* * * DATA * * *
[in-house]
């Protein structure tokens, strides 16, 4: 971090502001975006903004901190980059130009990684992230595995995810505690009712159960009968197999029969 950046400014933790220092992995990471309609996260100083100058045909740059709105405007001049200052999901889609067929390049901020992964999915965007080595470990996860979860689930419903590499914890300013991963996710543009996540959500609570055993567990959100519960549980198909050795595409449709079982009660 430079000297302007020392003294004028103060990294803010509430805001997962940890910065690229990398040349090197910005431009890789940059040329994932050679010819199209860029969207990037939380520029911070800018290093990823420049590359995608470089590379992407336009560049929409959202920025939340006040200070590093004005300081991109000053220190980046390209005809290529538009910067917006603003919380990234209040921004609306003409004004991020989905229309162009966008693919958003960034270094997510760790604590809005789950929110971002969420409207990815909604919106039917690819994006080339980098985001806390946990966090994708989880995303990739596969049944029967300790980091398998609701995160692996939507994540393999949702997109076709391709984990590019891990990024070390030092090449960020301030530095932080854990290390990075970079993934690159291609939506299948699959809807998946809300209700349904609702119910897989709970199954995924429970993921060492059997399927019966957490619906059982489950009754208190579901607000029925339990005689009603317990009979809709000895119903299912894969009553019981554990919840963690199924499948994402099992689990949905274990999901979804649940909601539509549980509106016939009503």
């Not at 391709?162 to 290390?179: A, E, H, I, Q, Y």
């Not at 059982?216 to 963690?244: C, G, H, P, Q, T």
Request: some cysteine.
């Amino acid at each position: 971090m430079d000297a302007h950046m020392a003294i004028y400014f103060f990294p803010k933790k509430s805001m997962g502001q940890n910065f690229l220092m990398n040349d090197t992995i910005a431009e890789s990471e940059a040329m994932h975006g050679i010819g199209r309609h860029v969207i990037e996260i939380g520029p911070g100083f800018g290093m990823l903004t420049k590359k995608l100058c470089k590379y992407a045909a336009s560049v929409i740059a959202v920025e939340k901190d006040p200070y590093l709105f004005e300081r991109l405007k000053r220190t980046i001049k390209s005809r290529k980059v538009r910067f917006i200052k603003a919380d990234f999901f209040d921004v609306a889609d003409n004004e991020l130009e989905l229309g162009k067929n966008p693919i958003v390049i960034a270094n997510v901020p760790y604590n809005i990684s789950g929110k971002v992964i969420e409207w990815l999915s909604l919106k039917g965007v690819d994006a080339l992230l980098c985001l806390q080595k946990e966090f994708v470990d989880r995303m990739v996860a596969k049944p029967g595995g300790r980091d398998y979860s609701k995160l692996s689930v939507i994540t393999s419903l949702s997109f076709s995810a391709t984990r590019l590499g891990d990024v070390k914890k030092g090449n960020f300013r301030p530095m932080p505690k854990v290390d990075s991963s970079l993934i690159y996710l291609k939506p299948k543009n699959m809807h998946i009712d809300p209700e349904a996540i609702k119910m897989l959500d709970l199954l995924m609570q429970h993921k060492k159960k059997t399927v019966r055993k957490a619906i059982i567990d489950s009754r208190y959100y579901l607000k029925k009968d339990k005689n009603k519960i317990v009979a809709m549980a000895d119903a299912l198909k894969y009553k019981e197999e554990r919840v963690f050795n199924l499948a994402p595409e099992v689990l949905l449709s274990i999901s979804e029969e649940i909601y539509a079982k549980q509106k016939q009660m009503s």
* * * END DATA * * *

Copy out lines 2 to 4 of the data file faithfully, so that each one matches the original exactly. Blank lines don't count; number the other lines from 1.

């Protein structure tokens, strides 16, 4: 971090502001975006903004901190980059130009990684992230595995995810505690009712159960009968197999029969 950046400014933790220092992995990471309609996260100083100058045909740059709105405007001049200052999901889609067929390049901020992964999915965007080595470990996860979860689930419903590499914890300013991963996710543009996540959500609570055993567990959100519960549980198909050795595409449709079982009660 430079000297302007020392003294004028103060990294803010509430805001997962940890910065690229990398040349090197910005431009890789940059040329994932050679010819199209860029969207990037939380520029911070800018290093990823420049590359995608470089590379992407336009560049929409959202920025939340006040200070590093004005300081991109000053220190980046390209005809290529538009910067917006603003919380990234209040921004609306003409004004991020989905229309162009966008693919958003960034270094997510760790604590809005789950929110971002969420409207990815909604919106039917690819994006080339980098985001806390946990966090994708989880995303990739596969049944029967300790980091398998609701995160692996939507994540393999949702997109076709391709984990590019891990990024070390030092090449960020301030530095932080854990290390990075970079993934690159291609939506299948699959809807998946809300209700349904609702119910897989709970199954995924429970993921060492059997399927019966957490619906059982489950009754208190579901607000029925339990005689009603317990009979809709000895119903299912894969009553019981554990919840963690199924499948994402099992689990949905274990999901979804649940909601539509549980509106016939009503």
């Not at 391709?162 to 290390?179: A, E, H, I, Q, Y």
């Not at 059982?216 to 963690?244: C, G, H, P, Q, T």